For months, lawlessness reigned! It was common-place to hear explosions and gun-shots all day and all-night long. On average, we were hearing of about three break-ins, kidnappings or murders a day!
Gradually, life began to come back to the city as people had to go about their business, go to doctors, seek their livelihood, etc. Life, it seems, had to reassert itself! It was the presence of people on the streets and the willingness of some of them to jump to the rescue of people who yelled for help that brought some security back to the city. There was a curfew between 11pm and dawn. That too helped a bit. Local vigilance by people kept many neighborhoods relatively safe.
The “new police” began to emerge about that time. However, they too seemed to be quite concerned about their own safety and very rarely ventured out after criminals!
It was during that period that I lost a dear, life-long friend to lawlessness. He managed an amusement park and was going back from work around dusk in his small 20-year-old car. He was followed by two cars. We found the entry points of five bullets in his car; one got him in the head. People nearby rushed him to hospital but it was too late. He was not rich, he was not into politics, he had no enemies to speak of but he was killed. When someone went to the police station, they refused to go and have a look at the “scene of the crime” and demanded that the car be brought to them!!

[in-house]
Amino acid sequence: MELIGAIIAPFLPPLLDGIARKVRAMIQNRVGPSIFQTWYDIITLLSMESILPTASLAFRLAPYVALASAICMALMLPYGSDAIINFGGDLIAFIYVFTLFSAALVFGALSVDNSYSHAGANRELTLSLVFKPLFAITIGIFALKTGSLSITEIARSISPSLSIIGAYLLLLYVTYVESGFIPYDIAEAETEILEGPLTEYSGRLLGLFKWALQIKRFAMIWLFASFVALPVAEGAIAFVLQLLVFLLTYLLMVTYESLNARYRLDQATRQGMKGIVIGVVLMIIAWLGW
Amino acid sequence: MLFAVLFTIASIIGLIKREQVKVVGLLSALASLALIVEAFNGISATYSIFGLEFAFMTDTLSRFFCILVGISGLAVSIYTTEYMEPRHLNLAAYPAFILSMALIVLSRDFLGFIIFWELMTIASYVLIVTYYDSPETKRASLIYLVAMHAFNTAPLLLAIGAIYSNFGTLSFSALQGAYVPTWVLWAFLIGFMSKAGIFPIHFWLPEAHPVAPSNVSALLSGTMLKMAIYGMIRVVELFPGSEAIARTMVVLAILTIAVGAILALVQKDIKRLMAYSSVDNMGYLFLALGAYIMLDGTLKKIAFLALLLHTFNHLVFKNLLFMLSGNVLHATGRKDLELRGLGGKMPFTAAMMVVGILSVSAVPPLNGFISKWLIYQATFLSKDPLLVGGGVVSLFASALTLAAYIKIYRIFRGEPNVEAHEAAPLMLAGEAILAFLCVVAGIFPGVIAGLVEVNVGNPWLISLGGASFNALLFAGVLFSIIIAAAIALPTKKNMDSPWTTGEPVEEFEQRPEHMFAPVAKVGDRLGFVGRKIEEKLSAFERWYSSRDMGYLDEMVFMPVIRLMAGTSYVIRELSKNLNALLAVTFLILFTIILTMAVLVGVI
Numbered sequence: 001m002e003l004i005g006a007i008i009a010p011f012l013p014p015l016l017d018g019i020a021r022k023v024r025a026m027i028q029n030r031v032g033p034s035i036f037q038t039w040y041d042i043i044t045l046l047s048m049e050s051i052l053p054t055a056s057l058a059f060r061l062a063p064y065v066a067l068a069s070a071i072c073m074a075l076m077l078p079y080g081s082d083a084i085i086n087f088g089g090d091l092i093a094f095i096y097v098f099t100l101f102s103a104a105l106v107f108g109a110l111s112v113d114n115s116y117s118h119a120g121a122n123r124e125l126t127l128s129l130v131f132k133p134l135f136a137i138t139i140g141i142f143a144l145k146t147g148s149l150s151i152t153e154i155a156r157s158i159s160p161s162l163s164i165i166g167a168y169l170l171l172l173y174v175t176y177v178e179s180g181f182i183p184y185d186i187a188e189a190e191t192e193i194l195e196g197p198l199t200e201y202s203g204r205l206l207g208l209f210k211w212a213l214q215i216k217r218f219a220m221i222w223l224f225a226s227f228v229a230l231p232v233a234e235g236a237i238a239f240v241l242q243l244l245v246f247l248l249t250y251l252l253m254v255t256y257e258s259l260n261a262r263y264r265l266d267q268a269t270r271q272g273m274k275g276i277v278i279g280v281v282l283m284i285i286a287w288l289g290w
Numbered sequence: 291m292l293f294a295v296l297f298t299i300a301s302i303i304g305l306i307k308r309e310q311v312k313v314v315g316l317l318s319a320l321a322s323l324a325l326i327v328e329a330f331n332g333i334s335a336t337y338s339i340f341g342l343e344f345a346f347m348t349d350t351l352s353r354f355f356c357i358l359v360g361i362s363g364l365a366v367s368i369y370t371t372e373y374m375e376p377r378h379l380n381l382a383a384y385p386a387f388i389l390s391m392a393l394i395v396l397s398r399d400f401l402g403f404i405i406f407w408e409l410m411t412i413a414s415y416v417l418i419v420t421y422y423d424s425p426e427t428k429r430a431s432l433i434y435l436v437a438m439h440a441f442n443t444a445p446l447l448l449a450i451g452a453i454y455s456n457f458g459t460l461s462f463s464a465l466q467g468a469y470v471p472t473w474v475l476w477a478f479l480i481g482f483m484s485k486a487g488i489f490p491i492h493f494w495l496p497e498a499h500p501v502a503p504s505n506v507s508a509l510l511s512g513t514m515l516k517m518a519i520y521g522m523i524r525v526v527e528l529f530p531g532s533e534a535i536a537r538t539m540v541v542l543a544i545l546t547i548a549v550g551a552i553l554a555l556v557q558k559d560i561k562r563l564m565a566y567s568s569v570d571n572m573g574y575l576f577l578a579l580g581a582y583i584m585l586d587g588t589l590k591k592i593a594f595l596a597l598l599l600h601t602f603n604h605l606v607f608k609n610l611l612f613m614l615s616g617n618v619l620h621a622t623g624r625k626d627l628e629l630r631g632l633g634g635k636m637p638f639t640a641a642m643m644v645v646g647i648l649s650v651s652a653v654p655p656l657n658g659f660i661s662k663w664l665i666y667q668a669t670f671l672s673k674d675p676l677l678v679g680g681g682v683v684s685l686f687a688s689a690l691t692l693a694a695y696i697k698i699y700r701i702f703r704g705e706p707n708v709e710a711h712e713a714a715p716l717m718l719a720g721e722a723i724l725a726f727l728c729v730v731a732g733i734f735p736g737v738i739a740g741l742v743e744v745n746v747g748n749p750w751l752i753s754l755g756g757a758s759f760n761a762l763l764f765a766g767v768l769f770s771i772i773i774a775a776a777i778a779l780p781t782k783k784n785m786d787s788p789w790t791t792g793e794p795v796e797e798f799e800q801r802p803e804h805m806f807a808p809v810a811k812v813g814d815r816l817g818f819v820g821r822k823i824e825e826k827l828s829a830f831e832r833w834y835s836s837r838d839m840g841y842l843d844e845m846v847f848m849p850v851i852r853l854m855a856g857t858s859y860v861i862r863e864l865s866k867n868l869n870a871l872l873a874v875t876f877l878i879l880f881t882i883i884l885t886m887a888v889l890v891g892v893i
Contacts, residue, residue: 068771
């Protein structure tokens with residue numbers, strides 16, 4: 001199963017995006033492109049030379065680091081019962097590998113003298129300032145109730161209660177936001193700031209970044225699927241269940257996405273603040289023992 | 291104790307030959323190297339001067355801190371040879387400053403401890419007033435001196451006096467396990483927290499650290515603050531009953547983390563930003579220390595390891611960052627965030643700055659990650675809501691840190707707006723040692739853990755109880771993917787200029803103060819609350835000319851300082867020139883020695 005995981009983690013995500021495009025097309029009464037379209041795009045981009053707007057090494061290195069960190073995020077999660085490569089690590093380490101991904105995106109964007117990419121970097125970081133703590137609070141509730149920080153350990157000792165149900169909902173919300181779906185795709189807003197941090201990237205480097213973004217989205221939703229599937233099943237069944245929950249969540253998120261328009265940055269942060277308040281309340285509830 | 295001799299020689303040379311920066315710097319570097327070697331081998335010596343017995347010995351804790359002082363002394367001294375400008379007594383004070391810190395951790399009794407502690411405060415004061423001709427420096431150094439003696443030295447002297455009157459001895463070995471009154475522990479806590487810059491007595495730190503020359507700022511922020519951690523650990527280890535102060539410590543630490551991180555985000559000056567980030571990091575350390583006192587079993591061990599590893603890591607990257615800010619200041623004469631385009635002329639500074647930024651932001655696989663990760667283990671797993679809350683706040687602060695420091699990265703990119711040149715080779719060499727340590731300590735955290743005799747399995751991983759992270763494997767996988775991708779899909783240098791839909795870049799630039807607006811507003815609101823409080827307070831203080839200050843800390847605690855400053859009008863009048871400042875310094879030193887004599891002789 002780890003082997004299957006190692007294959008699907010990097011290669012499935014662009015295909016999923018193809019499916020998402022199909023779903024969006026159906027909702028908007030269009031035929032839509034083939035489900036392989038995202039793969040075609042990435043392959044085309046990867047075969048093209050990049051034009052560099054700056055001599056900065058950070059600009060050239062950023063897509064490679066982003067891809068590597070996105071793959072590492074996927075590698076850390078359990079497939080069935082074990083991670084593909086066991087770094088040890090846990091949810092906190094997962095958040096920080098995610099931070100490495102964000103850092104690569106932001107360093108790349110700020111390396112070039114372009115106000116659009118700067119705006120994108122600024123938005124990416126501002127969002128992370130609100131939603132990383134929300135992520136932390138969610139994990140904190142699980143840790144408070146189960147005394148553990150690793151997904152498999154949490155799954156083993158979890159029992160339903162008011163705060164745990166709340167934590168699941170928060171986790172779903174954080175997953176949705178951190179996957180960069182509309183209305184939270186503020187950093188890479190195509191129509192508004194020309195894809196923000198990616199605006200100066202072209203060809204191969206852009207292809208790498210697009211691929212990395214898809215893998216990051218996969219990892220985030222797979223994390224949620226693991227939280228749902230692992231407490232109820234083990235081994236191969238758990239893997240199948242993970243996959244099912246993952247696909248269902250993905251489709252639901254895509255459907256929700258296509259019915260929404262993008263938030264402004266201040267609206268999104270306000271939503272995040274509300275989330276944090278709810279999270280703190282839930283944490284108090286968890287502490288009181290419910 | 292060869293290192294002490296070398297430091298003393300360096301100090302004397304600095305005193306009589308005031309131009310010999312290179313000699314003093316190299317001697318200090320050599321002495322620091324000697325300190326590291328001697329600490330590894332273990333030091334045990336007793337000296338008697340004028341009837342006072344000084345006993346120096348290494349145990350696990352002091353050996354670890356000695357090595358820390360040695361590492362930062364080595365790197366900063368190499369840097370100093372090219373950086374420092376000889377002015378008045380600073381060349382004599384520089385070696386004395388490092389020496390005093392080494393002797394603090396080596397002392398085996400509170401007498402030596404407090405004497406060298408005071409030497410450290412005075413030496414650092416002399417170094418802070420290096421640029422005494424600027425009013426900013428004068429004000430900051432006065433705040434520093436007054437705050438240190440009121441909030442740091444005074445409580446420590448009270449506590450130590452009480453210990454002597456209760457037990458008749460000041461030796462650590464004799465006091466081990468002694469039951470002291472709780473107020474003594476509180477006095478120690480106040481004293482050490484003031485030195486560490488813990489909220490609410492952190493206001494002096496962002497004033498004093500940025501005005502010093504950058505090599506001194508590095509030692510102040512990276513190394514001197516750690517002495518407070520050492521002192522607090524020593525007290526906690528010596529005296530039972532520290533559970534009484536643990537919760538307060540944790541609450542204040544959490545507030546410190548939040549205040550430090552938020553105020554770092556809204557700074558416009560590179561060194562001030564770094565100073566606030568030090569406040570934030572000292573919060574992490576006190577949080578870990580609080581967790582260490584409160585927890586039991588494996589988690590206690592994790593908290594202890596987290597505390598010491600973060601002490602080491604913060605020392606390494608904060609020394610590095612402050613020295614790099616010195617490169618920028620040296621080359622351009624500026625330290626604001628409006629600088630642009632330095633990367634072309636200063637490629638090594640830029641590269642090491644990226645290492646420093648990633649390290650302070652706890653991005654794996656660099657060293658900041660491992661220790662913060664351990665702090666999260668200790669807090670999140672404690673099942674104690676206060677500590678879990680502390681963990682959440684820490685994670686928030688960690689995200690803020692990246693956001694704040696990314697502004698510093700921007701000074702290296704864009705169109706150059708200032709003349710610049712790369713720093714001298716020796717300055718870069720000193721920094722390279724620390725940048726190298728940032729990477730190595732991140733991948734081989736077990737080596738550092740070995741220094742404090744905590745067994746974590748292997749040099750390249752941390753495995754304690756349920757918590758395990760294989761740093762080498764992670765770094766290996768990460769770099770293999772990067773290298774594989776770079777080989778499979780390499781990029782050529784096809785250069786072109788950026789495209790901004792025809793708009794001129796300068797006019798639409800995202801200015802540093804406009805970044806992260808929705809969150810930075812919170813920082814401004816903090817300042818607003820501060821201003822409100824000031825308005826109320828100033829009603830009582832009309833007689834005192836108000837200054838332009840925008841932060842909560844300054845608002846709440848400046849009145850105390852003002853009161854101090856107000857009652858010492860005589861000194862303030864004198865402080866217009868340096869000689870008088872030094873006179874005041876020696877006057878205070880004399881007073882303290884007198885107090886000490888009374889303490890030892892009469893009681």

The traffic police had also disappeared and there was no effort made at recalling them back into service. The occupation forces were determined to build a “new Iraq” with a brand new traffic police force! This task took several months to start as the administration had “more pressing” agenda on their minds! Meanwhile, Baghdad, a city of more than 5 million people and more than 40 miles across was left to its own devices!
With no electricity, and therefore no traffic signals and a 50% sudden increase in the number of cars, the traffic congestions (several months after the occupation) were simply impossible!
Teenage volunteers helped in some places to keep the traffic moving. Young boys of 13 or 14 were standing in the Iraqi summer sun at noon to direct traffic!
In evading the congestions, US military patrols had no regard to any basic traffic law!
To add insult to injury, the occupying army sealed off large areas of Baghdad, literally littered many streets with concrete blocks, blocking numerous main roads and at least two important bridges that linked the two sides of Baghdad. One would not have thought it was possible to surpass Saddam in this respect; apparently it was!
Today, more than a year later, traffic police are back in good numbers on the streets…but Baghdad remains a jungle for cars!
Mistake 4 – Failure to Restore Services!